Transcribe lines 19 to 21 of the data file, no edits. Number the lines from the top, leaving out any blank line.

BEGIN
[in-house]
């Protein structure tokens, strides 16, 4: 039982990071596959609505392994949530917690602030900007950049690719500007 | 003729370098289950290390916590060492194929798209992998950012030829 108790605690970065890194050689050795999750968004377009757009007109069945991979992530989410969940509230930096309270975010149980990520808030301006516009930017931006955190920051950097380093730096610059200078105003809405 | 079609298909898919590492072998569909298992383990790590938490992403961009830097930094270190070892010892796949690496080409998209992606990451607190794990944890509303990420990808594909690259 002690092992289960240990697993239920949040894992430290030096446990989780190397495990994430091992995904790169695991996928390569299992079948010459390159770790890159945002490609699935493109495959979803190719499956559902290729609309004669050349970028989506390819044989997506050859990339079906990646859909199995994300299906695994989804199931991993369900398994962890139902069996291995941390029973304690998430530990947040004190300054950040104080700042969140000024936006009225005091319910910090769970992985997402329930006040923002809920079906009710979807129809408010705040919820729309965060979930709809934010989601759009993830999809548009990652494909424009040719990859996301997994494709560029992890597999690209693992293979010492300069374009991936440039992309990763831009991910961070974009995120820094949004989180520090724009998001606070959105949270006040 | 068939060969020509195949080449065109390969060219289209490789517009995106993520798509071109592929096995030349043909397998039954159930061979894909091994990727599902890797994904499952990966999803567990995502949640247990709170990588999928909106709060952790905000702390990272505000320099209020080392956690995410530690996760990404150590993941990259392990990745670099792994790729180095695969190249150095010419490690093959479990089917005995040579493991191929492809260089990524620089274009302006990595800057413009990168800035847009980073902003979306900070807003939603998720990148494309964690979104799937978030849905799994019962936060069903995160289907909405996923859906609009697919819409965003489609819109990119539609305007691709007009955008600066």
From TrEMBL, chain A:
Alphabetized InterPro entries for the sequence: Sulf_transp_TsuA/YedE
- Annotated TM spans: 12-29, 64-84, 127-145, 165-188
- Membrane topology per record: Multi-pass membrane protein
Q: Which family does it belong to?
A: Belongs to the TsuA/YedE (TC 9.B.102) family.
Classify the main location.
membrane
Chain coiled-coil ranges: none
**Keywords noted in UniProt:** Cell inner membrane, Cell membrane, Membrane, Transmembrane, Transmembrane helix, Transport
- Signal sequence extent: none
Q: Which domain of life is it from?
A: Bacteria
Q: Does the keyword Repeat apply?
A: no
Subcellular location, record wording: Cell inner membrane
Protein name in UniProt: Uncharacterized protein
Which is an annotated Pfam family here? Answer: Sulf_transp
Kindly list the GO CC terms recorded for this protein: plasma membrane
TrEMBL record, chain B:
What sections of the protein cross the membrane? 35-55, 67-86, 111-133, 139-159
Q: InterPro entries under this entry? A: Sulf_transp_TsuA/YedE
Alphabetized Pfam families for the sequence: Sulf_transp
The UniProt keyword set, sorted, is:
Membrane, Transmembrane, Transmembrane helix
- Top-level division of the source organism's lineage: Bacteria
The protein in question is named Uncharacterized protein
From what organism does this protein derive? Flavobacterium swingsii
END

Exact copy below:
Protein name in UniProt: Uncharacterized protein
Which is an annotated Pfam family here? Answer: Sulf_transp
Kindly list the GO CC terms recorded for this protein: plasma membrane